Time: Tuesday, Thursday
9:30 am-10:50 am
Location: Sennott Square, Room 5313
Instructor: Milos
Hauskrecht
Computer Science Department
5329 Sennott Square
phone: x4-8845
e-mail: milos_at_cs_pitt_edu
office hours: by appointment
Course description
Lectures
Readings by topic
Paper presentations
Projects
The goal of the field of machine learning is to build computer systems that learn from experience and that are capable to adapt to their environments. Learning techniques and methods developed by researchers in this field have been successfully applied to a variety of learning tasks in a broad range of areas, including, for example, text classification, gene discovery, financial forecasting, credit card fraud detection, collaborative filtering, design of adaptive web agents and others.
The objective of the Advances Machine Learning course is to expand on the material covered in the introductory Machine Learning course (CS2750), and focus on the most recent advances in the ML field such as, component analysis, kernel and variational methods. The course will consist of a mix of lectures, paper presentations and discussions. Students will be evaluated based on their participation in discussions, paper presentations and projects.
Prerequisites
CS 2750 Machine Learning , or the permission of the instructor.
We will use readings from three books during the course:
In addition we will use conference and journal paper readings that will be distributed electronically or in a hardcopy form. Here is a list of papers sorted by the topics we plan to cover during the course. Not all readings on this list will be used in the class; they are provided in the case you want to explore some topics in greater depth.
Other (useful) books
Lectures | Topic(s) | |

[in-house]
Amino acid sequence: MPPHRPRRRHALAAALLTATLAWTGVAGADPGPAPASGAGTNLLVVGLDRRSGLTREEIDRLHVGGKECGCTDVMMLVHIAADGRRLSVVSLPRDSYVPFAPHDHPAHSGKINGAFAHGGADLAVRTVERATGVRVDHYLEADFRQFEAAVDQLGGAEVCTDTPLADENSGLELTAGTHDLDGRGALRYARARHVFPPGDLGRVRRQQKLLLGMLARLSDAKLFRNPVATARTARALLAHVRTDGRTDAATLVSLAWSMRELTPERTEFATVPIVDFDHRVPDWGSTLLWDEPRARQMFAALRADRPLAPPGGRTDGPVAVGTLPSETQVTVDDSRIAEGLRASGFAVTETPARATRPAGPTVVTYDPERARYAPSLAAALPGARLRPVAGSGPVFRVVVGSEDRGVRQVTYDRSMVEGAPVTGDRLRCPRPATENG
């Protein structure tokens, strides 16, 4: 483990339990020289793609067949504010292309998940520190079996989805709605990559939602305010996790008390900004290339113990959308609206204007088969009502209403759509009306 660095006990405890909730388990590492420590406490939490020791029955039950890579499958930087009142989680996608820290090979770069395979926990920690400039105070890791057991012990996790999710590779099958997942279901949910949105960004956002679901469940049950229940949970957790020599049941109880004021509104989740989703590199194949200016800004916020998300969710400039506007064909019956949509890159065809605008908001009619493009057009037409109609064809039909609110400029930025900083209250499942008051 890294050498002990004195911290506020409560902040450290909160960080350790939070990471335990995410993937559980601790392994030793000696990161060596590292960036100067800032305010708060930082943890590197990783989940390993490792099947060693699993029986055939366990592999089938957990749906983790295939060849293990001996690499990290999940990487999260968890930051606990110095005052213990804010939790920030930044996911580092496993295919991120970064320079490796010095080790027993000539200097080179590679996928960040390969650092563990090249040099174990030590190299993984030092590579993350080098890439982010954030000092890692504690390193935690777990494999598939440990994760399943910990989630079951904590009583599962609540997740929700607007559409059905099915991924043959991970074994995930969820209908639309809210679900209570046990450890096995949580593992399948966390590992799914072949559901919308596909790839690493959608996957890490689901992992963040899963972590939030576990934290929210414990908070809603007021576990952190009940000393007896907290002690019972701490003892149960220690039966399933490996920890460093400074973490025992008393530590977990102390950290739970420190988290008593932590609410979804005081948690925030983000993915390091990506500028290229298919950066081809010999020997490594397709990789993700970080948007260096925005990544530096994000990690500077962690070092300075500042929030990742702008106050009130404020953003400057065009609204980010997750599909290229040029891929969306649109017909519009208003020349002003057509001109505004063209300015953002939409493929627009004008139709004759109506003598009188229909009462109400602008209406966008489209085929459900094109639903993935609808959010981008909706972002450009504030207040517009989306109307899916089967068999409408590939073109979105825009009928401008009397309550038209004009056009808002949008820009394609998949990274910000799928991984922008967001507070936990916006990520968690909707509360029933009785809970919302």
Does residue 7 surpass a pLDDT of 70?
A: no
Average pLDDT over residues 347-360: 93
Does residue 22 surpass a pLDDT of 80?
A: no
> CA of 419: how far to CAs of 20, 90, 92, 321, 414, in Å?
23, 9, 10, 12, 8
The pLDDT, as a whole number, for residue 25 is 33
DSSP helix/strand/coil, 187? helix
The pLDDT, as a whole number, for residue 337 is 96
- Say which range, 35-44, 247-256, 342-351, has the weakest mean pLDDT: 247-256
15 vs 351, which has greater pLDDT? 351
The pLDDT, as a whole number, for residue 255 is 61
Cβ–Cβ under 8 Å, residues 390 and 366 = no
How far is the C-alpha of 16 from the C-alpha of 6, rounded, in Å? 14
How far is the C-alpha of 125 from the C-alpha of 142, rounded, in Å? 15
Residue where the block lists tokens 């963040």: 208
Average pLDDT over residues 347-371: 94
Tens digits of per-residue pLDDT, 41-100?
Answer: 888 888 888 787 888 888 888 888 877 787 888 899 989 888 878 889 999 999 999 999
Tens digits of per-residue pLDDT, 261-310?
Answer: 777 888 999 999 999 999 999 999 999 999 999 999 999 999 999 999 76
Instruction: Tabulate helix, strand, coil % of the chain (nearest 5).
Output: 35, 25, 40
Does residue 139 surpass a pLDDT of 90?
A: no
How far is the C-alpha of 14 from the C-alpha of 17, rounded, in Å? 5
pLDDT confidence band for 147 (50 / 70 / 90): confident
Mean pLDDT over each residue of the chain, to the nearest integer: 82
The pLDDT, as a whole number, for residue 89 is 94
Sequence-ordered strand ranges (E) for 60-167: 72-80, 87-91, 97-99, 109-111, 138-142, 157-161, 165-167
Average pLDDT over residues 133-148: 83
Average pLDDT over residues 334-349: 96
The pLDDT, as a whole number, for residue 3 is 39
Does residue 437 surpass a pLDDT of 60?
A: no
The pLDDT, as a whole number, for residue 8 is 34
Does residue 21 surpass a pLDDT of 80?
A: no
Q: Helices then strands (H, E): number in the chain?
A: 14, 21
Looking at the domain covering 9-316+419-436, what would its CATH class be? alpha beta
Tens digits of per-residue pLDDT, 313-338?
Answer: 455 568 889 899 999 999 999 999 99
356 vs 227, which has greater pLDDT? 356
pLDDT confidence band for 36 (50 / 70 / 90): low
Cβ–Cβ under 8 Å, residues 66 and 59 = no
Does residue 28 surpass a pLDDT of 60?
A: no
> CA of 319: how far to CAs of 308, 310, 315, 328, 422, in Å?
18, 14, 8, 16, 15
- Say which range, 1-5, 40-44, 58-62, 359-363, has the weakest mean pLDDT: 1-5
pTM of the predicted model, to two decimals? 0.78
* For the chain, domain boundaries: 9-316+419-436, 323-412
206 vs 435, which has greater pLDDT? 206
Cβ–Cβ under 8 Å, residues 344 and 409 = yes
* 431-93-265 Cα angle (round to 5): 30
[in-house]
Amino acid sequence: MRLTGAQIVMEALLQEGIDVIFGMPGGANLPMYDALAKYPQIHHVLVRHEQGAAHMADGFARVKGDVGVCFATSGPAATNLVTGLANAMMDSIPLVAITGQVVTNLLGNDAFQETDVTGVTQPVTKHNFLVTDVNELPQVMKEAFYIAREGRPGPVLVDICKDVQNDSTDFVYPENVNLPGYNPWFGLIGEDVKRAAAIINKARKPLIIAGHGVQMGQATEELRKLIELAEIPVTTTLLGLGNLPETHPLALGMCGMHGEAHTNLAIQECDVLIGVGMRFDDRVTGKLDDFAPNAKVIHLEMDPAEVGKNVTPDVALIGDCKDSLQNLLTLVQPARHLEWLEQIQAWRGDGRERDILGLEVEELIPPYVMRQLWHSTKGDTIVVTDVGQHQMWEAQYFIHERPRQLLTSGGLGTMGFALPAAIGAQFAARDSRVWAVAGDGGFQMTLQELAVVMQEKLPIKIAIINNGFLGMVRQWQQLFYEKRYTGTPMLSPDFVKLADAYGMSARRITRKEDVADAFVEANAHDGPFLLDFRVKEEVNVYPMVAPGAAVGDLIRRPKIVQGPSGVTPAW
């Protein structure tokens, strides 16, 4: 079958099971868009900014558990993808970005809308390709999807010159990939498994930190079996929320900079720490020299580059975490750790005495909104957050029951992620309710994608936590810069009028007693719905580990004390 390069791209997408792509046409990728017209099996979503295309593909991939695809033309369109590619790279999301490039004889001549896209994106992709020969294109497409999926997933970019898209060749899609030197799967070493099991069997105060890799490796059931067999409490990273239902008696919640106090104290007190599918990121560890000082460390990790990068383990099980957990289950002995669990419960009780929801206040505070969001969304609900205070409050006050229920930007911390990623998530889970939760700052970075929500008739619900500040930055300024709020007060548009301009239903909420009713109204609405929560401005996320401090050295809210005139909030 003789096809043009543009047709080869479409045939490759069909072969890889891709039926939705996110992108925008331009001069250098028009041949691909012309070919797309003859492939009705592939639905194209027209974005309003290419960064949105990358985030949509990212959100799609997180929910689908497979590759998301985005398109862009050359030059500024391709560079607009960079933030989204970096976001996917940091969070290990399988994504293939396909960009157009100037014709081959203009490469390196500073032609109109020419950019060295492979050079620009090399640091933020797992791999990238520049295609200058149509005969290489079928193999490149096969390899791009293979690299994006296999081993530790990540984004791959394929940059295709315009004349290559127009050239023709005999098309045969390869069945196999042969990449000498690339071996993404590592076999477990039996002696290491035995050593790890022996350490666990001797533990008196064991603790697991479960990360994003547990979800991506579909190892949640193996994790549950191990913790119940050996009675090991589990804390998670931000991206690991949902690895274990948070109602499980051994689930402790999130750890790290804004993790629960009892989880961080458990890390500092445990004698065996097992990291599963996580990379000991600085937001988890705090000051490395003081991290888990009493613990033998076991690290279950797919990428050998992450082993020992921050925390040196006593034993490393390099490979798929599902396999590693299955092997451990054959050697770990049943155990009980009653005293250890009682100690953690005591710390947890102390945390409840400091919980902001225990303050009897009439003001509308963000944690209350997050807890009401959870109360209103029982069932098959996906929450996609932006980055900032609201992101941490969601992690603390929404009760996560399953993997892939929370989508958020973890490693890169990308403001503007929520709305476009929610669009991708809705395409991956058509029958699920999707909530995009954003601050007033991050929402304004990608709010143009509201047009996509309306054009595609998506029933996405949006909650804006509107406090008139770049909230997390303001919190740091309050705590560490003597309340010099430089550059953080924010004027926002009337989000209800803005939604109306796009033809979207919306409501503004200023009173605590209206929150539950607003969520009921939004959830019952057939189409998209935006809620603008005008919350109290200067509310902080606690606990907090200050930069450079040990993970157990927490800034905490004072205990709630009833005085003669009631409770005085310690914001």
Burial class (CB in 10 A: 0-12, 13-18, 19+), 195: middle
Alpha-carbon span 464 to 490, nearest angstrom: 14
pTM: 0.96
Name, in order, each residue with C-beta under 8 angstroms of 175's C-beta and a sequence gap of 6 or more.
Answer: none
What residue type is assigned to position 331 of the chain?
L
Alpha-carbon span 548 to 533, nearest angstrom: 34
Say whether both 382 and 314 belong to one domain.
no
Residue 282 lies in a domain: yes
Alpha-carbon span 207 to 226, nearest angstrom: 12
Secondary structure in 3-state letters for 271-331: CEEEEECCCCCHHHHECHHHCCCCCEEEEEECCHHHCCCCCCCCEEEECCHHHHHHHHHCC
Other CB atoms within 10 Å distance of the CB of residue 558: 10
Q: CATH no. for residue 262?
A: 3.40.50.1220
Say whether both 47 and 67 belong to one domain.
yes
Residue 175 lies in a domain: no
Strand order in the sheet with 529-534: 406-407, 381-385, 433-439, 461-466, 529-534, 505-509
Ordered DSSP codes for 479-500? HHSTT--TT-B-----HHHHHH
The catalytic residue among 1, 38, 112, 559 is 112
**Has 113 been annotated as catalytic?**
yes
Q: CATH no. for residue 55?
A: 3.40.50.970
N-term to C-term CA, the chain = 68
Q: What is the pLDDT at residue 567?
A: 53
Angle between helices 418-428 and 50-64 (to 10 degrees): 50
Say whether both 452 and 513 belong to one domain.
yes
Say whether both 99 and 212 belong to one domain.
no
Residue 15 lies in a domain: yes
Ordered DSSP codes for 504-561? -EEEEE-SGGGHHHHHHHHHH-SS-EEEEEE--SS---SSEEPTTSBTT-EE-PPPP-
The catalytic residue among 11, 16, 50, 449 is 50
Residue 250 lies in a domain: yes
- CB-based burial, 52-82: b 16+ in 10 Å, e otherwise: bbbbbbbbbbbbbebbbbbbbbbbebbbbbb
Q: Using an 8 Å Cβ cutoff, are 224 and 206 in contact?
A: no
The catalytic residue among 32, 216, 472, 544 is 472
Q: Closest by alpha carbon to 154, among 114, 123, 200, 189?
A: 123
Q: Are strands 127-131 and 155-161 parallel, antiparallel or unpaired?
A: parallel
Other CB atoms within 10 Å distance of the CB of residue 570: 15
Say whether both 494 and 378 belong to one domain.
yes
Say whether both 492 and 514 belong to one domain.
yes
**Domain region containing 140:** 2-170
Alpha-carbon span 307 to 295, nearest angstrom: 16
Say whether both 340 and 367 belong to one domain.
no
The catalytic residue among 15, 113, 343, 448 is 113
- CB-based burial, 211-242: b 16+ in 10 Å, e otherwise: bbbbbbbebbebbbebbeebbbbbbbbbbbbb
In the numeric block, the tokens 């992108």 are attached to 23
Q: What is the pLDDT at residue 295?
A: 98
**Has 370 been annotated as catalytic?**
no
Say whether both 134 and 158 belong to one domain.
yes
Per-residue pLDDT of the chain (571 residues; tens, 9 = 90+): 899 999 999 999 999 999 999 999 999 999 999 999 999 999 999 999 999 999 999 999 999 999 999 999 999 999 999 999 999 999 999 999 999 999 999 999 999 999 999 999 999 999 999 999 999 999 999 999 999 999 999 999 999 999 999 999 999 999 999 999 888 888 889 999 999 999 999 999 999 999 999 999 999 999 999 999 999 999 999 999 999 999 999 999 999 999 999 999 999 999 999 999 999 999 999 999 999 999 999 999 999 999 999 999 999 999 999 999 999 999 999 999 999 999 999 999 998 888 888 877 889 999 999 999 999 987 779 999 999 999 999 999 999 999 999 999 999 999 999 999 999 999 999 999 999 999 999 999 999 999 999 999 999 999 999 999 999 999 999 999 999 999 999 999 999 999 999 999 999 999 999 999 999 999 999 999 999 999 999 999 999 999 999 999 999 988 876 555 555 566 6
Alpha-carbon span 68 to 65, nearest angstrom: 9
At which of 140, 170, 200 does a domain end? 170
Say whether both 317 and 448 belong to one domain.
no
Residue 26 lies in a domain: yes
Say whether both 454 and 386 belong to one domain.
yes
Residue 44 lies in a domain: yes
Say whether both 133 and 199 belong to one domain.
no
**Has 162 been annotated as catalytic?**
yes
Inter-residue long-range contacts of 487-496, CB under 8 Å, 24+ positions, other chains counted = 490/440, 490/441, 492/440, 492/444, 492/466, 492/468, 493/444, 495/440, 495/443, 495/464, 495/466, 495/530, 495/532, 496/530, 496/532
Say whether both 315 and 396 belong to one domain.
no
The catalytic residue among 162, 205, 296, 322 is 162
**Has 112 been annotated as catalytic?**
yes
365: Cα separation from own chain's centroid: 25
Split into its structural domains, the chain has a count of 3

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August 28 | Course Administrivia Syllabus of the course Readings:
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August 30 | Density estimation Readings:
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September 4 | Density estimation II Readings:
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September 6 | Bayesian belief networks Readings:
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September 11 | Graphical models. Inference. Readings:
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September 13 | Graphical models. Inference. Readings:
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September 18 | Graphical models. Inference in clique trees. Readings:
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September 20 | Belief propagation. Readings:
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September 25 | Approximate inference. Monte Carlo. Readings:
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September 27 | Approximate inference. Monte Carlo. Readings:
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October 2 | Markov chain Monte Carlo. Readings:
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October 4 | Learning Bayesian belief networks. Readings: